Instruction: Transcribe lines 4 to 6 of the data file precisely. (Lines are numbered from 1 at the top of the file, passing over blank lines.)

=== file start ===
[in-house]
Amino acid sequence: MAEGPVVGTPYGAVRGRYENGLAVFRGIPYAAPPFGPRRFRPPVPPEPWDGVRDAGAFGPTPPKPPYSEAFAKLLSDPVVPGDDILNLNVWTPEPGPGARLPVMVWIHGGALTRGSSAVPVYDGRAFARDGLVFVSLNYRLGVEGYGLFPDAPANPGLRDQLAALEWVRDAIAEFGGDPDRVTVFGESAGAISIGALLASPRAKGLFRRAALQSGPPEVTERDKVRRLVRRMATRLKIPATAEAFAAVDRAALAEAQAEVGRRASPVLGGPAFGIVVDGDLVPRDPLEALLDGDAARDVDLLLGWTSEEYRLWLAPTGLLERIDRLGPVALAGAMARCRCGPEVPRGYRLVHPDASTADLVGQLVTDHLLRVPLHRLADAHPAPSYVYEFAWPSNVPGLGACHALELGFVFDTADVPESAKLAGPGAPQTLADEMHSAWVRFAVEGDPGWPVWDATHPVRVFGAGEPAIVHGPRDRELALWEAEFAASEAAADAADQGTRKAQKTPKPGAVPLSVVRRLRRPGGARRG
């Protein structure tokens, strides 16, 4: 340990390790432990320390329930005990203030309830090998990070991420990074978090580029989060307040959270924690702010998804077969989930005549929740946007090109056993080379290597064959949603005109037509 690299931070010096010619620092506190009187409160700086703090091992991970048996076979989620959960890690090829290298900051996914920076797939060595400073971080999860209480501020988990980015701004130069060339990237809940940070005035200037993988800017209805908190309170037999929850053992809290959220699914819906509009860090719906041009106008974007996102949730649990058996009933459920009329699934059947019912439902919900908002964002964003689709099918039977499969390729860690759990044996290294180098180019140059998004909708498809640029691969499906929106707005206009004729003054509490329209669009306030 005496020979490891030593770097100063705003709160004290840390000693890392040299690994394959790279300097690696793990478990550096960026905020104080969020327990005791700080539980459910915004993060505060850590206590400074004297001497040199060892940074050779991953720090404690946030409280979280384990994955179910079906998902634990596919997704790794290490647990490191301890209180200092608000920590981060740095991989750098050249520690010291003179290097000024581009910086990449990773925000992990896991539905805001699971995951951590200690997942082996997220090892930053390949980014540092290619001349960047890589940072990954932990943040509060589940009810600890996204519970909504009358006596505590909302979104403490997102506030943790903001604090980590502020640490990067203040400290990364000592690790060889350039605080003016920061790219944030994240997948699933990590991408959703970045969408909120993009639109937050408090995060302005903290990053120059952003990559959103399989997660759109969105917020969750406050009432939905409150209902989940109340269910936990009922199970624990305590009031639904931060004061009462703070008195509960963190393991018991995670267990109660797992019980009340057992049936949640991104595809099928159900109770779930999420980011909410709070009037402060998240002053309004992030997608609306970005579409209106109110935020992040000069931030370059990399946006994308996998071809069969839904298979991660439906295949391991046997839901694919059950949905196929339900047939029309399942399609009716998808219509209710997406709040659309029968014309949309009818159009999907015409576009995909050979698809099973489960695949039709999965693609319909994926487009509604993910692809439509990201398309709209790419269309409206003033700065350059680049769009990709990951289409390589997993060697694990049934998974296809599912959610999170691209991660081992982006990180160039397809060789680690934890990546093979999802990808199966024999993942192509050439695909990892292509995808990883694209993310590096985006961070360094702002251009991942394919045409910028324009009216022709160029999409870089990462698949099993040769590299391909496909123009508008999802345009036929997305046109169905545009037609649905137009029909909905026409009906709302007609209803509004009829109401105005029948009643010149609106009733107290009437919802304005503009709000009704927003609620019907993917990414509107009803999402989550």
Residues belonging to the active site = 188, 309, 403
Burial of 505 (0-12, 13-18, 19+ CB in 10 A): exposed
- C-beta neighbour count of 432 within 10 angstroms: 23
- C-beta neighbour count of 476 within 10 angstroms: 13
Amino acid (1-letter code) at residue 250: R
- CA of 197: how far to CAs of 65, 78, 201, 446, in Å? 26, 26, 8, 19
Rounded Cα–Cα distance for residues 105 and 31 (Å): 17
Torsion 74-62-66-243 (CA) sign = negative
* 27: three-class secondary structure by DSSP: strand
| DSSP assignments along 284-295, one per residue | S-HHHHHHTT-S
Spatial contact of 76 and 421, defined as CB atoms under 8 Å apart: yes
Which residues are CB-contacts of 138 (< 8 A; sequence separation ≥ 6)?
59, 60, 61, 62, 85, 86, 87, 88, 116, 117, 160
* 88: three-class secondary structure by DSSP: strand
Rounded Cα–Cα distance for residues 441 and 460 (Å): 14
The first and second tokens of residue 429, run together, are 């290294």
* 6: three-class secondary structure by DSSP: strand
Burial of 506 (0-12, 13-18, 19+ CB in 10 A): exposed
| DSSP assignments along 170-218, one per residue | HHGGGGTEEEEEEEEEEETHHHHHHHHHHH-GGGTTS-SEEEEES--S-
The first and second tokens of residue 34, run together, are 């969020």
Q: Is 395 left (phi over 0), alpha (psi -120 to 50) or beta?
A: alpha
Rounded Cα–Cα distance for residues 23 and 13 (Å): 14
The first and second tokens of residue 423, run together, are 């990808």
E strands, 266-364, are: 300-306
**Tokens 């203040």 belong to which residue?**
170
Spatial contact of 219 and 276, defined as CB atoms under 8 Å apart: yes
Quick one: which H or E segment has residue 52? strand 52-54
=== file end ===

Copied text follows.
Residues belonging to the active site = 188, 309, 403
Burial of 505 (0-12, 13-18, 19+ CB in 10 A): exposed
- C-beta neighbour count of 432 within 10 angstroms: 23